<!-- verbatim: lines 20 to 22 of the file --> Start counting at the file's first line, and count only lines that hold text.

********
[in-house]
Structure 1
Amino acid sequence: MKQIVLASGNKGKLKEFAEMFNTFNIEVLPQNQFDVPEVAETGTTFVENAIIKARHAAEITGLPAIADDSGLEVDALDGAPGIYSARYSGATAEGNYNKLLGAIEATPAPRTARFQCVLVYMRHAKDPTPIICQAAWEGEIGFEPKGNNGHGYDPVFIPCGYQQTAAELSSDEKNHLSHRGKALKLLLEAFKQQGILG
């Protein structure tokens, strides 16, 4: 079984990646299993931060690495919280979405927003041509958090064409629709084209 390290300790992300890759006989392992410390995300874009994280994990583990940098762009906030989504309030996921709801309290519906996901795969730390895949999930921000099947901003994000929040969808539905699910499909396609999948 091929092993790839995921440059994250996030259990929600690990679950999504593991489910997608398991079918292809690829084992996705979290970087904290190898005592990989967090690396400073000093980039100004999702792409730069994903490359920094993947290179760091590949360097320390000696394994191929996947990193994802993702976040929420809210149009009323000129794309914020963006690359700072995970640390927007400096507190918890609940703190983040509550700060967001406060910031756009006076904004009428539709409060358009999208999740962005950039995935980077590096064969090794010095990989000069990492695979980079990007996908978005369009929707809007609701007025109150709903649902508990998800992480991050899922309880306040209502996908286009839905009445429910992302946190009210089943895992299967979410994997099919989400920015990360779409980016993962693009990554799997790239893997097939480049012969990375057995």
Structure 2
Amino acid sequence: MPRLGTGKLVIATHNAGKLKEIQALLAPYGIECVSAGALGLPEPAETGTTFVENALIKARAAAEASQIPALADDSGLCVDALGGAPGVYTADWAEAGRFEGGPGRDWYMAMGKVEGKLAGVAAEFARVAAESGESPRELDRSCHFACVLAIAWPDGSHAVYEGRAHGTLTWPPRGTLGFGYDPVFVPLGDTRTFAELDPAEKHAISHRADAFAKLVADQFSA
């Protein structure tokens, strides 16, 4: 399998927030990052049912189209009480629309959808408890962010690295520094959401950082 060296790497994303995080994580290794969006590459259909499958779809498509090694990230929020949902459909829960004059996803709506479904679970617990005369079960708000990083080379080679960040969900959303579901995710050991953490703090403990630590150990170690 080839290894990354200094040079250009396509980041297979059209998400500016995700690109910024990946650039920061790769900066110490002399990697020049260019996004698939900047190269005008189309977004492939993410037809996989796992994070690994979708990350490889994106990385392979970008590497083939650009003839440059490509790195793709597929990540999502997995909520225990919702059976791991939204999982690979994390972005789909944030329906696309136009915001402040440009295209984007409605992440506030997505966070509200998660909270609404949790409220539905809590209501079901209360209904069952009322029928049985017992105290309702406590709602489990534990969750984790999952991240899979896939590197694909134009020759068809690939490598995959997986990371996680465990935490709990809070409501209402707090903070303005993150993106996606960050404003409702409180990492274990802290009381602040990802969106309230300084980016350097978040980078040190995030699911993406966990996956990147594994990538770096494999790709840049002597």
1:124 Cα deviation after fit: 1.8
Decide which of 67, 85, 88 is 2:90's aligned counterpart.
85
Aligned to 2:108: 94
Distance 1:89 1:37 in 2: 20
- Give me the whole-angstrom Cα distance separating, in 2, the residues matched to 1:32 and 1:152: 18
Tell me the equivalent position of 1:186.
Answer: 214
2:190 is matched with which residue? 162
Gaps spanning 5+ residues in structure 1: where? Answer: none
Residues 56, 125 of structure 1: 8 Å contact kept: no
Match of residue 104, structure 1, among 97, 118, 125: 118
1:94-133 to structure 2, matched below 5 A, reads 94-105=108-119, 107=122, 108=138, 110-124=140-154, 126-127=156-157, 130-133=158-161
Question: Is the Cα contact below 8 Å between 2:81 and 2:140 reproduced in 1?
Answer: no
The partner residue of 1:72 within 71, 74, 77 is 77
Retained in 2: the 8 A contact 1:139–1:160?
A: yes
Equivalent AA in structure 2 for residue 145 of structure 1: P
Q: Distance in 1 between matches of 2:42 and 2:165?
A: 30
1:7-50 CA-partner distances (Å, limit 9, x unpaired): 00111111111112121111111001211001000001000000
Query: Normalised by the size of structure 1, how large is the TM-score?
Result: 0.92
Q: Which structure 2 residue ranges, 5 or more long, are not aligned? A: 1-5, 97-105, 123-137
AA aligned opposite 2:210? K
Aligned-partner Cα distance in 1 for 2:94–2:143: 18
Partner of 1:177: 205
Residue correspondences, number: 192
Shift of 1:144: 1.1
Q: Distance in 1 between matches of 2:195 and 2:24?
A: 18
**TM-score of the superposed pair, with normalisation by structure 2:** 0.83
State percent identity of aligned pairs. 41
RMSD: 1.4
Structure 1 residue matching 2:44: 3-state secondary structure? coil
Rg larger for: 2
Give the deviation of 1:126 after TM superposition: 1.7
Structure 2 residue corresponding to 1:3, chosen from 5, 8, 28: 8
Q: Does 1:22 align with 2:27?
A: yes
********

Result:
1:94-133 to structure 2, matched below 5 A, reads 94-105=108-119, 107=122, 108=138, 110-124=140-154, 126-127=156-157, 130-133=158-161
Question: Is the Cα contact below 8 Å between 2:81 and 2:140 reproduced in 1?
Answer: no